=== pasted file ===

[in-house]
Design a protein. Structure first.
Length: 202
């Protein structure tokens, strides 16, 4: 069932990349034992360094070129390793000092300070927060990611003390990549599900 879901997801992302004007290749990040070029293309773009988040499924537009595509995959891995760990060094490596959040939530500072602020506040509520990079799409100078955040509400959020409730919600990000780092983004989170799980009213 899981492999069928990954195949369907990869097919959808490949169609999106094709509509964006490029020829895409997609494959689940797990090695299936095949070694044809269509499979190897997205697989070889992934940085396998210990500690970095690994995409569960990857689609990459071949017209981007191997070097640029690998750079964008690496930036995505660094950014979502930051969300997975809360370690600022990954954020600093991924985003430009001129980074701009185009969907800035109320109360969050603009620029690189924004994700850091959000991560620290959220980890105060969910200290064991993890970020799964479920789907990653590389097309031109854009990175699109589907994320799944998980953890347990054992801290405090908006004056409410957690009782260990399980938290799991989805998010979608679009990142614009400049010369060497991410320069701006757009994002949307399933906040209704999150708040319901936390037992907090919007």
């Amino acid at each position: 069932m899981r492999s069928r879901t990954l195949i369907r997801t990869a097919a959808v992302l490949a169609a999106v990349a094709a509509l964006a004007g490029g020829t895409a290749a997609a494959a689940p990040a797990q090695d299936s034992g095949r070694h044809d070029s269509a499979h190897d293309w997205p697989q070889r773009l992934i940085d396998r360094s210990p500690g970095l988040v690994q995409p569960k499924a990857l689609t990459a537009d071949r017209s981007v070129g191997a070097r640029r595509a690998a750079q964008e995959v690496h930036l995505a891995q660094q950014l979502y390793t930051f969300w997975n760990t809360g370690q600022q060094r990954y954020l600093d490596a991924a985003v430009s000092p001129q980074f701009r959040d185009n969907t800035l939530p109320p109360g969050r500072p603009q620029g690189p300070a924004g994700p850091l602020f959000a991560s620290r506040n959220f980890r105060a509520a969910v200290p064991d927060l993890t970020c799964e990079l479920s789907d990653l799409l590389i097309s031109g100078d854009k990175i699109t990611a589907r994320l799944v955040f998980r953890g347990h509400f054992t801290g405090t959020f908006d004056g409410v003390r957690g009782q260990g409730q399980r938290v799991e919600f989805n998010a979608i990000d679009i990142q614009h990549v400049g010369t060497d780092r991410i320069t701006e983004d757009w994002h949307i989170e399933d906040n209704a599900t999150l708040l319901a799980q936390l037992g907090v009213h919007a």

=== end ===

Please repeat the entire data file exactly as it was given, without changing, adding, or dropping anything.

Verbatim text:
[in-house]
Design a protein. Structure first.
Length: 202
């Protein structure tokens, strides 16, 4: 069932990349034992360094070129390793000092300070927060990611003390990549599900 879901997801992302004007290749990040070029293309773009988040499924537009595509995959891995760990060094490596959040939530500072602020506040509520990079799409100078955040509400959020409730919600990000780092983004989170799980009213 899981492999069928990954195949369907990869097919959808490949169609999106094709509509964006490029020829895409997609494959689940797990090695299936095949070694044809269509499979190897997205697989070889992934940085396998210990500690970095690994995409569960990857689609990459071949017209981007191997070097640029690998750079964008690496930036995505660094950014979502930051969300997975809360370690600022990954954020600093991924985003430009001129980074701009185009969907800035109320109360969050603009620029690189924004994700850091959000991560620290959220980890105060969910200290064991993890970020799964479920789907990653590389097309031109854009990175699109589907994320799944998980953890347990054992801290405090908006004056409410957690009782260990399980938290799991989805998010979608679009990142614009400049010369060497991410320069701006757009994002949307399933906040209704999150708040319901936390037992907090919007």
């Amino acid at each position: 069932m899981r492999s069928r879901t990954l195949i369907r997801t990869a097919a959808v992302l490949a169609a999106v990349a094709a509509l964006a004007g490029g020829t895409a290749a997609a494959a689940p990040a797990q090695d299936s034992g095949r070694h044809d070029s269509a499979h190897d293309w997205p697989q070889r773009l992934i940085d396998r360094s210990p500690g970095l988040v690994q995409p569960k499924a990857l689609t990459a537009d071949r017209s981007v070129g191997a070097r640029r595509a690998a750079q964008e995959v690496h930036l995505a891995q660094q950014l979502y390793t930051f969300w997975n760990t809360g370690q600022q060094r990954y954020l600093d490596a991924a985003v430009s000092p001129q980074f701009r959040d185009n969907t800035l939530p109320p109360g969050r500072p603009q620029g690189p300070a924004g994700p850091l602020f959000a991560s620290r506040n959220f980890r105060a509520a969910v200290p064991d927060l993890t970020c799964e990079l479920s789907d990653l799409l590389i097309s031109g100078d854009k990175i699109t990611a589907r994320l799944v955040f998980r953890g347990h509400f054992t801290g405090t959020f908006d004056g409410v003390r957690g009782q260990g409730q399980r938290v799991e919600f989805n998010a979608i990000d679009i990142q614009h990549v400049g010369t060497d780092r991410i320069t701006e983004d757009w994002h949307i989170e399933d906040n209704a599900t999150l708040l319901a799980q936390l037992g907090v009213h919007a």